David S
September 29, 2021 7:45 pm

associate professor of social sciences and humanities” Well that pretty much says it all.

John F Hultquist
September 29, 2021 9:27 pm

Yale-NUS College is a liberal arts college in Singapore. Established in 2011 as a collaboration between Yale University and the National University of Singapore

Peter K
September 29, 2021 9:46 pm

So how does he deal with mass hysteria?

Ed Fox
September 29, 2021 10:40 pm

If I had that guys face back at me in the mirror each morning I’d also have mommy problems. Never truly gave up the bottle. Years of Strict Freudian Therapy is the only hope.

September 29, 2021 11:05 pm

First it was teaching what to think, now he wants to teach how to feel. Instead of teaching facts and critical thinking, he wants everybody to be weepy helpless gits.

September 29, 2021 11:09 pm

Made me think of the crusty old professor who taught us intro Thermodynamics back in my uni days.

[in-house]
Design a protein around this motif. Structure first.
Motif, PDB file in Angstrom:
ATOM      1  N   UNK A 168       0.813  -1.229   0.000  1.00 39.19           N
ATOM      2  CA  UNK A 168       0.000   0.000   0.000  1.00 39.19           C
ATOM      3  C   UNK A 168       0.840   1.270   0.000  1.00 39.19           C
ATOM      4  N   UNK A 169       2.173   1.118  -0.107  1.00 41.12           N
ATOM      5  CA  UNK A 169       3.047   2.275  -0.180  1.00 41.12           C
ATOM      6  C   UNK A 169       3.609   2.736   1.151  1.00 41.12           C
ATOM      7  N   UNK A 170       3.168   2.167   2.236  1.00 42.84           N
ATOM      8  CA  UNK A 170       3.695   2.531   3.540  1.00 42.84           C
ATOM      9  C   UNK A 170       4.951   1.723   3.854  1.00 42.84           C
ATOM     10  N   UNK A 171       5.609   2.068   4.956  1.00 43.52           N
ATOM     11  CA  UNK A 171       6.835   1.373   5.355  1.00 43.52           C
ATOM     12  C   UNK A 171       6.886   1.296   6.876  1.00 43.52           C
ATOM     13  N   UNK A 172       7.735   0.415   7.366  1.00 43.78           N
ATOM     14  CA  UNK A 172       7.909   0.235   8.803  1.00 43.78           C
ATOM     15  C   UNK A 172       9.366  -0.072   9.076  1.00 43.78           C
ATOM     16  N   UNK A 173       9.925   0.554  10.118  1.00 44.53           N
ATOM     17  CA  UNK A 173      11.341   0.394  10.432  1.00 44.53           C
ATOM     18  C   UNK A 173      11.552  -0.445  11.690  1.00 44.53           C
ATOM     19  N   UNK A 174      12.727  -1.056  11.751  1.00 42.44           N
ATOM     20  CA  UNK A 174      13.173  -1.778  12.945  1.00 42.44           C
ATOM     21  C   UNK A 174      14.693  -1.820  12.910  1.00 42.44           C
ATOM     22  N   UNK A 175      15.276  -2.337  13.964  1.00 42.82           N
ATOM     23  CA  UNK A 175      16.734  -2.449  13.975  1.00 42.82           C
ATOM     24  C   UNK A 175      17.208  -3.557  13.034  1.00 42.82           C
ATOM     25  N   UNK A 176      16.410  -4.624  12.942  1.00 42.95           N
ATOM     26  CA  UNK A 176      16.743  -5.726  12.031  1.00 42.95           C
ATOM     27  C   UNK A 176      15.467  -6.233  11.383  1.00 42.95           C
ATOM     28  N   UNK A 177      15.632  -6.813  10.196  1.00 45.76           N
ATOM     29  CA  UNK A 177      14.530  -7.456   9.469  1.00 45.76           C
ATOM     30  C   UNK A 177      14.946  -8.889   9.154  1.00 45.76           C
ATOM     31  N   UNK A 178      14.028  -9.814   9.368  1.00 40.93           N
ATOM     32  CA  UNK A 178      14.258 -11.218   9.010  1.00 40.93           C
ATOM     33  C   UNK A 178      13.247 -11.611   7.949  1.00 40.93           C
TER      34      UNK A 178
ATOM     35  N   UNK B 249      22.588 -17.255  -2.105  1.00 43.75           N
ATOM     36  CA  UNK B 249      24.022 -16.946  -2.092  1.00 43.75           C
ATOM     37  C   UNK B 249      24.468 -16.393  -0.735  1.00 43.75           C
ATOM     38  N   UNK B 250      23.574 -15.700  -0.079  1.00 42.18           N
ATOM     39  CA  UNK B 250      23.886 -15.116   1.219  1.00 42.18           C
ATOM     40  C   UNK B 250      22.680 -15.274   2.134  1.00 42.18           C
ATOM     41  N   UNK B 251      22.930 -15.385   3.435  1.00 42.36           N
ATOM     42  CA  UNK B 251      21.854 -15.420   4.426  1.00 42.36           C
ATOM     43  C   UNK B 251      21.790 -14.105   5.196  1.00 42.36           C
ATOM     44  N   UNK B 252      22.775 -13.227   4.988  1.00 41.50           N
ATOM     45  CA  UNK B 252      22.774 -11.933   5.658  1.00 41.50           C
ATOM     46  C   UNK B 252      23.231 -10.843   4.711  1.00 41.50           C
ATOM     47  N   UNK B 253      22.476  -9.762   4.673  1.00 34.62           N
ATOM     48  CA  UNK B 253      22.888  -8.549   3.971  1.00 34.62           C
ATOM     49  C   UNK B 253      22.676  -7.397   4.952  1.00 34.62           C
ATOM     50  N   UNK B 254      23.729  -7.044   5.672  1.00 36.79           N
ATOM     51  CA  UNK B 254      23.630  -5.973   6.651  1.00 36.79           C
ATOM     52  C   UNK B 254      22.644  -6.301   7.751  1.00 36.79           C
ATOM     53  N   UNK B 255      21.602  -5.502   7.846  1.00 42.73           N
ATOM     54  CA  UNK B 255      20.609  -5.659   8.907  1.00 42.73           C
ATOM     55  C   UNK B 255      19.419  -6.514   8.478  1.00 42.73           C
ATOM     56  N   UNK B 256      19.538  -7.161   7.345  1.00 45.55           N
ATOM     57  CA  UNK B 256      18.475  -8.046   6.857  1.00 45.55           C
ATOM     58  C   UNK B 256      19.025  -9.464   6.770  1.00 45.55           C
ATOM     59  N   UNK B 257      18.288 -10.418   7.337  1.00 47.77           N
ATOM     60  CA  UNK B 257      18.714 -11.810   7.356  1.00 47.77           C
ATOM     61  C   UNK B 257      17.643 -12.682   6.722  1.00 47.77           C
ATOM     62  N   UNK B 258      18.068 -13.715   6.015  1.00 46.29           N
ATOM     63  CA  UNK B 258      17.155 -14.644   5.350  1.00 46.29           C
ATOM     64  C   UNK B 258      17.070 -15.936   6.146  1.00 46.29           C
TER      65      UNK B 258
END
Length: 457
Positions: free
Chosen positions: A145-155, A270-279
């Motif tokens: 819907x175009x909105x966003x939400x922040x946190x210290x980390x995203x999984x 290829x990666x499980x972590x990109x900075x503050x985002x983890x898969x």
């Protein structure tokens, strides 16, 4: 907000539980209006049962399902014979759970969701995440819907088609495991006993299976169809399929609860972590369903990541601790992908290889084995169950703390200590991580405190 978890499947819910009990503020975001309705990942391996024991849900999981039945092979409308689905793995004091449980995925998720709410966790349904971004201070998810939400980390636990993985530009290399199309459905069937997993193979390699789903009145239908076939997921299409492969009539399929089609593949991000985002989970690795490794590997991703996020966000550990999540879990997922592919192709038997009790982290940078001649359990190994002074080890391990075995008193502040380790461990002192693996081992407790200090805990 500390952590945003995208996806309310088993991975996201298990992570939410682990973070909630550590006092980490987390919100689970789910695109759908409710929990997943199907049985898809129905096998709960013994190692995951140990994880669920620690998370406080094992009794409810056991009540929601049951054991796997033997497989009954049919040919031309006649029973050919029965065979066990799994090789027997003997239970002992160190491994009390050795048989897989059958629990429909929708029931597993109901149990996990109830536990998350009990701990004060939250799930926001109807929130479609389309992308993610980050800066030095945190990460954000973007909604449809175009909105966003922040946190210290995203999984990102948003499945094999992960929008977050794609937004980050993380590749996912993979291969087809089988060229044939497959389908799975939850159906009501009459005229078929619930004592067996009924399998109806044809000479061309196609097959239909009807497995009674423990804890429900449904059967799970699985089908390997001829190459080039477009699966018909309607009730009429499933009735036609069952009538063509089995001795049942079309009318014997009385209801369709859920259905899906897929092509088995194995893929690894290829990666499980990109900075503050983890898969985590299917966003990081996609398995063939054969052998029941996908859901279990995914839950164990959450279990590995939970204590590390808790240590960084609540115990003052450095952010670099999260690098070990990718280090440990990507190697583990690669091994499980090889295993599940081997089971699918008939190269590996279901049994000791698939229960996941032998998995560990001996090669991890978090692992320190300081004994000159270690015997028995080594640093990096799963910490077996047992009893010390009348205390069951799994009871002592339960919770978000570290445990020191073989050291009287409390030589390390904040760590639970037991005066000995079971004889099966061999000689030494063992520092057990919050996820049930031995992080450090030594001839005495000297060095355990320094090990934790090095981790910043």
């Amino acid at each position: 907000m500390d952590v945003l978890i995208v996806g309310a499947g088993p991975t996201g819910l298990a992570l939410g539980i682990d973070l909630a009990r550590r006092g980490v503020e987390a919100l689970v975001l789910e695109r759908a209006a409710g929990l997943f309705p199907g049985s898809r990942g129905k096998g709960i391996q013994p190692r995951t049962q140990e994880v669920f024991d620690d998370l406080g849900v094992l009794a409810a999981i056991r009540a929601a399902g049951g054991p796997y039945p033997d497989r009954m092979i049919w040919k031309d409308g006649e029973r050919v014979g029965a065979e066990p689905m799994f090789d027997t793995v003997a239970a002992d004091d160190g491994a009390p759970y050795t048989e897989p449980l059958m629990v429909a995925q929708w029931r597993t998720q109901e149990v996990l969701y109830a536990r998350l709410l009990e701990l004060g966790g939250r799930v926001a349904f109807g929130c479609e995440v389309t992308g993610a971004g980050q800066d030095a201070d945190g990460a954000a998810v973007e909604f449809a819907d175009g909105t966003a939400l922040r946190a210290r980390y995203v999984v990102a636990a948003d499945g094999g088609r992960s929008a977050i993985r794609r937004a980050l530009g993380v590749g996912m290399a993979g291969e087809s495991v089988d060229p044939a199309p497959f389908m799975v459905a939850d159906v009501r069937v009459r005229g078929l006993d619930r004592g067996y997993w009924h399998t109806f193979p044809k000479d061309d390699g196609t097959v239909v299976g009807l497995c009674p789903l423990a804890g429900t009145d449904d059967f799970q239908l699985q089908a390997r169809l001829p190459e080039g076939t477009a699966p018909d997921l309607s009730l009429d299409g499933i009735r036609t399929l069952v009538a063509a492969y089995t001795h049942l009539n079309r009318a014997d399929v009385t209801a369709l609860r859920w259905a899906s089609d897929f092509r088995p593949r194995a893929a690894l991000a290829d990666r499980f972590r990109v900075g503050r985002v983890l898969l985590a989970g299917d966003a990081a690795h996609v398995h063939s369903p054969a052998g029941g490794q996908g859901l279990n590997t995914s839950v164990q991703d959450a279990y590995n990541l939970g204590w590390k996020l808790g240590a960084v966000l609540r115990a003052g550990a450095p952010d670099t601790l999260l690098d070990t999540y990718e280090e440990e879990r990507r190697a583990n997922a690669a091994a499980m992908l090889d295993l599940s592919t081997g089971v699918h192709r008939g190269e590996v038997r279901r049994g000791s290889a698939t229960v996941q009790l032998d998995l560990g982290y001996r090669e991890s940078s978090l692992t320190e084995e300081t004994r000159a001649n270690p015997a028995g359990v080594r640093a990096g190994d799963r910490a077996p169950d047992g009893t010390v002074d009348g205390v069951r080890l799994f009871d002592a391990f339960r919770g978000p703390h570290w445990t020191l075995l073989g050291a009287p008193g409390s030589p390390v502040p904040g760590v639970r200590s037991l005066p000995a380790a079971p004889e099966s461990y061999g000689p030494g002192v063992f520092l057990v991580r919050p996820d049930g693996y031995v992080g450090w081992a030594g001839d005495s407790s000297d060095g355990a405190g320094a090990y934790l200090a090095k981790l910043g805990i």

“If there are not a few people in this lecture smarter than me then we are in trouble.”

Ole Matty starts his lectures with

“If there are anyone in this lecture who is more emotional than me then YOU are in trouble!”

September 30, 2021 4:17 am

so hes got pre screwed up kids and then does his best to mind fVk those that were ok till he got them?
nice fella
he sure raised MY emotional ANGER

September 30, 2021 6:31 am

Your daughter will do just fine in my class and at extracurricular events.

September 30, 2021 7:50 am

Yale evidently wants students to think for themselves but not outside the box they provide.